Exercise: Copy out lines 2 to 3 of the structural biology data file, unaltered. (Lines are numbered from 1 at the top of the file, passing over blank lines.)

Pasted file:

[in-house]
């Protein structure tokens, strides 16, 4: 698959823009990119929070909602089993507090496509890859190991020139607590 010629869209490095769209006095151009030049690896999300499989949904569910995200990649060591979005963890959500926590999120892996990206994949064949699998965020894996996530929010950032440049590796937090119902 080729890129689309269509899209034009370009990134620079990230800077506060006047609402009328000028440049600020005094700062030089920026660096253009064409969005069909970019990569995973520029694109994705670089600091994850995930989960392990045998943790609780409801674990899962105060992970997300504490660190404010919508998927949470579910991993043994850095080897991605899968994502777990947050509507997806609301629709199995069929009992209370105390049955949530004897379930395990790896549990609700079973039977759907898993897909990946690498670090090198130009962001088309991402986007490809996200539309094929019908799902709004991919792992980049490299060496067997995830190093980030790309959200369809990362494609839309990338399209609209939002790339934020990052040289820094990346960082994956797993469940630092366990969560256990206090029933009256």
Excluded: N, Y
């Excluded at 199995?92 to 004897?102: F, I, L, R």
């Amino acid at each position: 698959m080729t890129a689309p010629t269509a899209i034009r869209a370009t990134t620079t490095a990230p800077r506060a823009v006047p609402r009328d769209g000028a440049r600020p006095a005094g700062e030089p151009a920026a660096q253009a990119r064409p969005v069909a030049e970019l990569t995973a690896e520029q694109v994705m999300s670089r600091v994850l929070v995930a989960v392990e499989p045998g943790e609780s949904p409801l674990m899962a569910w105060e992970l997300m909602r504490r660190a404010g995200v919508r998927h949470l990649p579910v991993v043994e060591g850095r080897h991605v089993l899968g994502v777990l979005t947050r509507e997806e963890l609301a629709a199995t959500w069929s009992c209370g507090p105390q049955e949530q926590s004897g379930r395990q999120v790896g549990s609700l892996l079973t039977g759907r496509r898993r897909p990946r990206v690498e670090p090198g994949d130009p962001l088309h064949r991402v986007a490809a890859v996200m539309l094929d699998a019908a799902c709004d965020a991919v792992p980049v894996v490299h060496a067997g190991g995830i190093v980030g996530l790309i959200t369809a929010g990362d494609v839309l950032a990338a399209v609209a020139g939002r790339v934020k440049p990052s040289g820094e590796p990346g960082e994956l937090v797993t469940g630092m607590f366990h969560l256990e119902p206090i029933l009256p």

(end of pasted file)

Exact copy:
């Protein structure tokens, strides 16, 4: 698959823009990119929070909602089993507090496509890859190991020139607590 010629869209490095769209006095151009030049690896999300499989949904569910995200990649060591979005963890959500926590999120892996990206994949064949699998965020894996996530929010950032440049590796937090119902 080729890129689309269509899209034009370009990134620079990230800077506060006047609402009328000028440049600020005094700062030089920026660096253009064409969005069909970019990569995973520029694109994705670089600091994850995930989960392990045998943790609780409801674990899962105060992970997300504490660190404010919508998927949470579910991993043994850095080897991605899968994502777990947050509507997806609301629709199995069929009992209370105390049955949530004897379930395990790896549990609700079973039977759907898993897909990946690498670090090198130009962001088309991402986007490809996200539309094929019908799902709004991919792992980049490299060496067997995830190093980030790309959200369809990362494609839309990338399209609209939002790339934020990052040289820094990346960082994956797993469940630092366990969560256990206090029933009256």
Excluded: N, Y